After lunch came the Third Workshop. Since Mr. Wile had shared with me yesterday how to show Biology on a high school transcript before high school I thought perhaps I should attend HSLDA’s Recordkeeping for High School workshop. Unfortunately, I had to leave the room to retrieve the drink I’d left at the HSLDA table when I was filling out my membership paperwork. When I returned Carol Becker was well into her presentation and I immediately felt overwhelmed. Yes, I will need to learn this but not today. I head to the Sanctuary—the easiest venue to enter during a workshop, to hear Andrew Pudewa speak on A Classical Approach in a Modern World.
One of the book’s Mr. Pudewa referenced was The War Against Grammar by Dr. David Mulroy. Here are some highlights…
- For 30 years the National Council of Teachers of English have a plank in their platform opposing the teaching of grammar.
- In 1963 the average SAT verbal score was 478, it dropped to 428 by 1996. Rather than improve the student’s education, the test itself was “re-centered” and by 2002 scores were back “up” to 504.
- Latin is the most well organized and consistent language for learning grammar which can then be applied to English.
By the Fourth Workshop I fell into an old habit—every time I sat down in a seminar, I was sure that one of the other choices would have be more beneficial. I’d slip in a room, listen for a few minutes and then slip out again. They make something for people like me, it’s called recordings. Every homeschool convention I’ve attended has some company that records every session and makes it available on CD or an MP3 download. Please note: sometimes exhibitors may also hold workshops, essentially live infomercials for their products. These may or may not be recorded. Sometimes you get a better deal buying multiple recordings or a complete set. It’s usually cheaper to buy at the convention than on the recorder’s website after the fact.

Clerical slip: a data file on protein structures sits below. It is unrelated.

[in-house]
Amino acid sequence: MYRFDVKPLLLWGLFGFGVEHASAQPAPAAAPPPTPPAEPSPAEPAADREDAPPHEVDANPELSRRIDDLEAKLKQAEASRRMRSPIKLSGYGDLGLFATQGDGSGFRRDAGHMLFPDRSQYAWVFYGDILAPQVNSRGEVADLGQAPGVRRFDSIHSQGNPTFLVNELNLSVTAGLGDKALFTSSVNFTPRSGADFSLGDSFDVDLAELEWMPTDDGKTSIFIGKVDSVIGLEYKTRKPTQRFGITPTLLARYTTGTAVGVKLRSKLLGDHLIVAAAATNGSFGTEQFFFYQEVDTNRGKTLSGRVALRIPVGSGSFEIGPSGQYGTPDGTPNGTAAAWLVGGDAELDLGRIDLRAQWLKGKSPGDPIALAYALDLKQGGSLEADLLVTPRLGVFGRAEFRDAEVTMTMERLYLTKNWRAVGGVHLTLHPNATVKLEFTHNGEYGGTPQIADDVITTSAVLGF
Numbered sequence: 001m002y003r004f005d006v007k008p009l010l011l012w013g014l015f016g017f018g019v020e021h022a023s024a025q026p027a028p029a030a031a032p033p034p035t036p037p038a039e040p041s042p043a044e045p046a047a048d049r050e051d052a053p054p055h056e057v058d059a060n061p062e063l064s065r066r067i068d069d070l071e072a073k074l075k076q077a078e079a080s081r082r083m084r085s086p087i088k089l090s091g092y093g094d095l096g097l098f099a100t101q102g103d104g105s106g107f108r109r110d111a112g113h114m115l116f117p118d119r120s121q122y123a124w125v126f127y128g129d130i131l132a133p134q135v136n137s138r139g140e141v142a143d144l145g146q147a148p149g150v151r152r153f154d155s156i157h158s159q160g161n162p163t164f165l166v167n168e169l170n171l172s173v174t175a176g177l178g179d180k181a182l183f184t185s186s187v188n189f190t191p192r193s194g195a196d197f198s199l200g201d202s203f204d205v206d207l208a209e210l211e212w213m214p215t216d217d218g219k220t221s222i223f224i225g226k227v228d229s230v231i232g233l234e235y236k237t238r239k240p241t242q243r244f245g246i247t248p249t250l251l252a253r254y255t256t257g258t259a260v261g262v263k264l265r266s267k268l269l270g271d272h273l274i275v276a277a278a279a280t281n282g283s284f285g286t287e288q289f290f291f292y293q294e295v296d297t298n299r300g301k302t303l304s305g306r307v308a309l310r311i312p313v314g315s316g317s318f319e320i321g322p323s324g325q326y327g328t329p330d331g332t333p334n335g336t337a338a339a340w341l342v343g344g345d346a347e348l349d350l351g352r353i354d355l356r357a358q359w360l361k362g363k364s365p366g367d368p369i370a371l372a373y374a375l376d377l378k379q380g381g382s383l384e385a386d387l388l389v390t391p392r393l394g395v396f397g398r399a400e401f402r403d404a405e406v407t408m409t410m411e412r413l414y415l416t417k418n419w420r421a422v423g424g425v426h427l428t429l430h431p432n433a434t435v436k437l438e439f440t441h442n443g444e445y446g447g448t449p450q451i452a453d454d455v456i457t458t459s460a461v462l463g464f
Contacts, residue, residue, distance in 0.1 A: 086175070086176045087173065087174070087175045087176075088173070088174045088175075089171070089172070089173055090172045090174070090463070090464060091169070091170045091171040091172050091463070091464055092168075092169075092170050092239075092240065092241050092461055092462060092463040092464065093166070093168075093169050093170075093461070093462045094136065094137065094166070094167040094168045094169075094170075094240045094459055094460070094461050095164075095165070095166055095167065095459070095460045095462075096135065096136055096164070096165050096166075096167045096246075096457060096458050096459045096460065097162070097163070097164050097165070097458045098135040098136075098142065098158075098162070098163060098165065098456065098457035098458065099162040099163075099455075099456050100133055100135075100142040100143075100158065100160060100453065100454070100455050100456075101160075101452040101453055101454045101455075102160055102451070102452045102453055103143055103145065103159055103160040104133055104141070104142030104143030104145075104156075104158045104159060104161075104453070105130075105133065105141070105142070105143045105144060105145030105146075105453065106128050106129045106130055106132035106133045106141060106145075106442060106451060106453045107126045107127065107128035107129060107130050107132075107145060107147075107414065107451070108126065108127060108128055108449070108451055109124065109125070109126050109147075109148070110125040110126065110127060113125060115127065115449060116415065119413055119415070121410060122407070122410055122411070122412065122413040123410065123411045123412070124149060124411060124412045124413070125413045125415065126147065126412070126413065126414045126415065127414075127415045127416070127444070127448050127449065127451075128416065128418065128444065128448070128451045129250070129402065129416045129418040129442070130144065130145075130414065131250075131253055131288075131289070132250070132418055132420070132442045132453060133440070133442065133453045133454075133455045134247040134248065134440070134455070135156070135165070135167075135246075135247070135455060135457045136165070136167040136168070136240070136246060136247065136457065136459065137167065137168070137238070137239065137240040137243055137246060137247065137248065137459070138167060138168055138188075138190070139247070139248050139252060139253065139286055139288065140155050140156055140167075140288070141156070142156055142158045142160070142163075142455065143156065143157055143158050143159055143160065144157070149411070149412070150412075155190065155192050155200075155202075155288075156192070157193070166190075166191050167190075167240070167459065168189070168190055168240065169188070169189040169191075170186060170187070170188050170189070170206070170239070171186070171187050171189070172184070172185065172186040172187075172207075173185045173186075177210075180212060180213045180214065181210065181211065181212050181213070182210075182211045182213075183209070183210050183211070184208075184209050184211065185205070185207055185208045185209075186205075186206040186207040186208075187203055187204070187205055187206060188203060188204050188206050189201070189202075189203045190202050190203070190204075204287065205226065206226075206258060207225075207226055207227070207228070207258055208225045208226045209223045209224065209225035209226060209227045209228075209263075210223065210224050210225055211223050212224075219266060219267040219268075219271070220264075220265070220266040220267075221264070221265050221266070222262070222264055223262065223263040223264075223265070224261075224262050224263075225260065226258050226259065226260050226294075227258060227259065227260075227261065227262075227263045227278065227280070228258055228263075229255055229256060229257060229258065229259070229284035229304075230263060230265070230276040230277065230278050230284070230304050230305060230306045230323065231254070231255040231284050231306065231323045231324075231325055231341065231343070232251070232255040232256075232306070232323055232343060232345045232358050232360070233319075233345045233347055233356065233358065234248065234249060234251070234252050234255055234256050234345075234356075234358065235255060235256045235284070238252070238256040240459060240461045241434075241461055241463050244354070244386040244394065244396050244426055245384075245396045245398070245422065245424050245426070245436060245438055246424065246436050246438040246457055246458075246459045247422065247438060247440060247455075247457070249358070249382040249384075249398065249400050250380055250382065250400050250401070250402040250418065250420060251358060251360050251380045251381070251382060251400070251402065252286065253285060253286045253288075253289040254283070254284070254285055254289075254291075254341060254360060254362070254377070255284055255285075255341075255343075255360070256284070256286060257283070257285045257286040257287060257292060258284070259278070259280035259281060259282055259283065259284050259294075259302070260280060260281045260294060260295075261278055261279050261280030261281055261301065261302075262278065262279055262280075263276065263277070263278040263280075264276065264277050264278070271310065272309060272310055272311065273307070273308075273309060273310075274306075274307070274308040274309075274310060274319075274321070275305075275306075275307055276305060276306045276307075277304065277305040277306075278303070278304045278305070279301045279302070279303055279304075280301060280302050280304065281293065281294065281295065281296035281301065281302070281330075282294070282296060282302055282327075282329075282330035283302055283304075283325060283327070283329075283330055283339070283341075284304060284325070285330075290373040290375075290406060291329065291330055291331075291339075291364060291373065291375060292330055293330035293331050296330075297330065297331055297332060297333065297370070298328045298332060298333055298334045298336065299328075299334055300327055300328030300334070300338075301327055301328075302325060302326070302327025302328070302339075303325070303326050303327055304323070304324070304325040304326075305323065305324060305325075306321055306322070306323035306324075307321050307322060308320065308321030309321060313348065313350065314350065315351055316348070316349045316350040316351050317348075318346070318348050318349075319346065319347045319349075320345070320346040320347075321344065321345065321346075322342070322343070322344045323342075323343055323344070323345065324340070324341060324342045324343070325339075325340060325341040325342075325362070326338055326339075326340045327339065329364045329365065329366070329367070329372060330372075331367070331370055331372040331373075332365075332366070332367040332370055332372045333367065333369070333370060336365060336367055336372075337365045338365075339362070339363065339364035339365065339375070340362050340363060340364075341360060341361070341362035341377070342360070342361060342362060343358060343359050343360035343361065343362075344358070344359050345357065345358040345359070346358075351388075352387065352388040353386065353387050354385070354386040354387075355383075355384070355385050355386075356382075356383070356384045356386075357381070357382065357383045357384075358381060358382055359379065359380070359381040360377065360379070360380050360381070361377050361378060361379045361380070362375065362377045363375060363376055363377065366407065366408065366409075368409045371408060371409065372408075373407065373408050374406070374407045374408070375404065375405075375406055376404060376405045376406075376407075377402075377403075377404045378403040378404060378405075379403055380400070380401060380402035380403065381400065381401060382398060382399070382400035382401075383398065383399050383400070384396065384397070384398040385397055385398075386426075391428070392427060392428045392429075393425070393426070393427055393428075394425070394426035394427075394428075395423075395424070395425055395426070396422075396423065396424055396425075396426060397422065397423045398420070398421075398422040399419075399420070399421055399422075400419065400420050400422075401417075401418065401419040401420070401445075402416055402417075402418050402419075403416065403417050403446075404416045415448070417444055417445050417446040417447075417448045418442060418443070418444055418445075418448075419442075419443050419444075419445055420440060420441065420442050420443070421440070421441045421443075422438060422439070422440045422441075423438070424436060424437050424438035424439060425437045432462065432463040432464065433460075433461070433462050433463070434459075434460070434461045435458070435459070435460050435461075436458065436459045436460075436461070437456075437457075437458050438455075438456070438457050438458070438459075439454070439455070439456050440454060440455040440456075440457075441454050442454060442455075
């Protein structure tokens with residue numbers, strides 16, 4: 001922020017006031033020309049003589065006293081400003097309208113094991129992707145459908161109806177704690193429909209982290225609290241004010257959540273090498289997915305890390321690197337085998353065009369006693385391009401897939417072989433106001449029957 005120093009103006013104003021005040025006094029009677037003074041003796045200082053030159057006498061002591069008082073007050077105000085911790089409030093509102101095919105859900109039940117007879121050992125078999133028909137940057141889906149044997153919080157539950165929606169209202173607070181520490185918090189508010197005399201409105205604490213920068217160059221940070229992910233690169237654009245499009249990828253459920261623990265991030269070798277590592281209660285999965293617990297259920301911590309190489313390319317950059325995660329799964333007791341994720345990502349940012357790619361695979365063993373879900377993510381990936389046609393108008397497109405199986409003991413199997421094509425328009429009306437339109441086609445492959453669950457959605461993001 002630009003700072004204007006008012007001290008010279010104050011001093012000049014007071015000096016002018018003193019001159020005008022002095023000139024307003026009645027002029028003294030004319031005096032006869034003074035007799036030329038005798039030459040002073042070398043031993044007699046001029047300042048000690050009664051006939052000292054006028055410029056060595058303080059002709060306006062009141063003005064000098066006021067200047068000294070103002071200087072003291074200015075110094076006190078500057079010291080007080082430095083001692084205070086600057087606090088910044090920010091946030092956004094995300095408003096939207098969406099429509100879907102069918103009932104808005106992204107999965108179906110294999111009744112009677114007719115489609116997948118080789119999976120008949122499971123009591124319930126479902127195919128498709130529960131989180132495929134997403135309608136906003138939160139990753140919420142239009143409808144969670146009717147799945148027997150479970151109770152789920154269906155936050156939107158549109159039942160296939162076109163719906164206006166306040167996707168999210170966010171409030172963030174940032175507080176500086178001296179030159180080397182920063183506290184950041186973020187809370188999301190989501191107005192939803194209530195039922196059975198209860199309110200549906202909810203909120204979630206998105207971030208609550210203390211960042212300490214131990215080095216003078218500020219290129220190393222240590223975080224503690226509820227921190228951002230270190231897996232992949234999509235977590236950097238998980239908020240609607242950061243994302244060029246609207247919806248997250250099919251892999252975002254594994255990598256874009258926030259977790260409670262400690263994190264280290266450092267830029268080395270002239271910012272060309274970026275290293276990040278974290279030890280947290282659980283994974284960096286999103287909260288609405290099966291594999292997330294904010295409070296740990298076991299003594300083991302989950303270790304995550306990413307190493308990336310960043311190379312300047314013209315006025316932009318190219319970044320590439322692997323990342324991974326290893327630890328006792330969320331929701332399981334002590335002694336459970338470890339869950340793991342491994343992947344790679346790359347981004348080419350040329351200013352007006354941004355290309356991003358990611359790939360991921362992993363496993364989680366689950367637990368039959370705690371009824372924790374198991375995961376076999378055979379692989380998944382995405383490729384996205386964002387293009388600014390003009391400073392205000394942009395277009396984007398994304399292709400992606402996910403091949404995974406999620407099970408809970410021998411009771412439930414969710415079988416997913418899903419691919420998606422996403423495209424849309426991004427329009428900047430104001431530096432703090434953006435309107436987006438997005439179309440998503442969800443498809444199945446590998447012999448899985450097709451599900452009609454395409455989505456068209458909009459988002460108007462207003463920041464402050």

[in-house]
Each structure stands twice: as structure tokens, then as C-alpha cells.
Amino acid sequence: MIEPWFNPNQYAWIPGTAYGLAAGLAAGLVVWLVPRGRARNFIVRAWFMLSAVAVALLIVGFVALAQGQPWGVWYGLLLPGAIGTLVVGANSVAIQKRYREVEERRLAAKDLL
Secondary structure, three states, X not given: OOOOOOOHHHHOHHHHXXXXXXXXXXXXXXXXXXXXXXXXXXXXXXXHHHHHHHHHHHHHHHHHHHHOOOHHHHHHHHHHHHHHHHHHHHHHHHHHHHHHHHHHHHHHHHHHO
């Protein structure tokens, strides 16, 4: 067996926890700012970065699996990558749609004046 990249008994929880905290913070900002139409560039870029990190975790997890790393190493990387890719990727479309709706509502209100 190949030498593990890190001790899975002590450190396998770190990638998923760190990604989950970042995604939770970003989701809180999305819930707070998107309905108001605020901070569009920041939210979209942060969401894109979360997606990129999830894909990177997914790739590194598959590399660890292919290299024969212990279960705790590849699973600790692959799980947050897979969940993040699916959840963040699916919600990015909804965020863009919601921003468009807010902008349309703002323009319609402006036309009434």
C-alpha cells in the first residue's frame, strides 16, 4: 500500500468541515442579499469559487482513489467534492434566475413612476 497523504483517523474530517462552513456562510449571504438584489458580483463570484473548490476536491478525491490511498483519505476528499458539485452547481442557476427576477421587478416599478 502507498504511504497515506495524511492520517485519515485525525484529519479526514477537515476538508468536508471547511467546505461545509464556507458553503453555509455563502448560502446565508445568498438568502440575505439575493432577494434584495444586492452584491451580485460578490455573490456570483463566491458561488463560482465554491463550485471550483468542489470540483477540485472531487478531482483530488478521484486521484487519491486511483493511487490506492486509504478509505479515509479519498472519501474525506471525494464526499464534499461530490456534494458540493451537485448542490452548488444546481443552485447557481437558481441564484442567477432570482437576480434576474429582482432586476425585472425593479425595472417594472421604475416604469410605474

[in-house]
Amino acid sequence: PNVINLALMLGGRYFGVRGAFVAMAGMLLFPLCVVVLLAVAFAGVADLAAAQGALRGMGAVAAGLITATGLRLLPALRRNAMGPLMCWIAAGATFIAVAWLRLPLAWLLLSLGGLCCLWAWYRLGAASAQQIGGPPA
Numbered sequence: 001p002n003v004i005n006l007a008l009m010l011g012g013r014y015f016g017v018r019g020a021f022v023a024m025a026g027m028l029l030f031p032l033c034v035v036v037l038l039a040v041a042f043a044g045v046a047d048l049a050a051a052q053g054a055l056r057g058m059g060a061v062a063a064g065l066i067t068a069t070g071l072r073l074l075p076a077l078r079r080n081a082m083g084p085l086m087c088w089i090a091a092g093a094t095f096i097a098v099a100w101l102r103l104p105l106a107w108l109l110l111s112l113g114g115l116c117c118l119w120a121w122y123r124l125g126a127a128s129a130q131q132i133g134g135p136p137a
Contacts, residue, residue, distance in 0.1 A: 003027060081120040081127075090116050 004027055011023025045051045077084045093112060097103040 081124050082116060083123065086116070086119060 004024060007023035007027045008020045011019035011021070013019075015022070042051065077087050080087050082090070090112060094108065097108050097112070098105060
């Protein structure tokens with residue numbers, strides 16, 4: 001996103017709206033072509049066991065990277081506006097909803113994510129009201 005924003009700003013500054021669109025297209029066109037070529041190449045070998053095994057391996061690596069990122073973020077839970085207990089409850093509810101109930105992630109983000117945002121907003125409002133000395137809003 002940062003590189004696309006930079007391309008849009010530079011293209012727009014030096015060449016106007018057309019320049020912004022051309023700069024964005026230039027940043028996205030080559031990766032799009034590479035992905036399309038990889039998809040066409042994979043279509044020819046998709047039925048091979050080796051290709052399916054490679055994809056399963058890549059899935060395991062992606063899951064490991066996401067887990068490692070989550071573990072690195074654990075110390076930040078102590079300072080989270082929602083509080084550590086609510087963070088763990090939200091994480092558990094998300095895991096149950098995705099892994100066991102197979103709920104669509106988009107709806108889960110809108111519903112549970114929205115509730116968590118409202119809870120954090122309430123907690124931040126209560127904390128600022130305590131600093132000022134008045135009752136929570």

In the end I ended up back in the sanctuary with Mr. Pudewa, this time sharing about Competent Communicators. He shared the top sources of vocabulary/language for our kids: TV, peers, and social media. Be honest, do you think we’ll be producing any more Charles Dickens from that pool? You can’t get something out of a brain that isn’t there. That’s why we must double or triple our efforts to expose kids to excellent language. The best means are reading aloud and memorization. For read alouds you may want to search for books from the 1830’s-1930’s. They are written in modern-enough English, but won’t be dumbed down. For memorization you can choose scripture, poetry, or excerpts from famous speeches.
My Schnickelfritz is currently under the belief that he want to be an actor when he grows up. Although I pray otherwise, this may be the key to getting him to try memorization—actors need to know their script after all. The Institute for Excellence in Writing does have a poetry memorization course that I’m looking into.
I’ll be honest, I was too worn out to attend the Fifth Workshop—Mr. Steve Demme speaking on The Five Most Important Truths to Communicate to Your Children. I left Homeschool Expo with a lot more knowledge and a little less money, sore feet, sheets and sheets of notes, and the inspiration I needed to finish this homeschool year strong.
Discover real life in other homeschools with the Schoolhouse Review Crew bloggers! Join the blog hop to read more!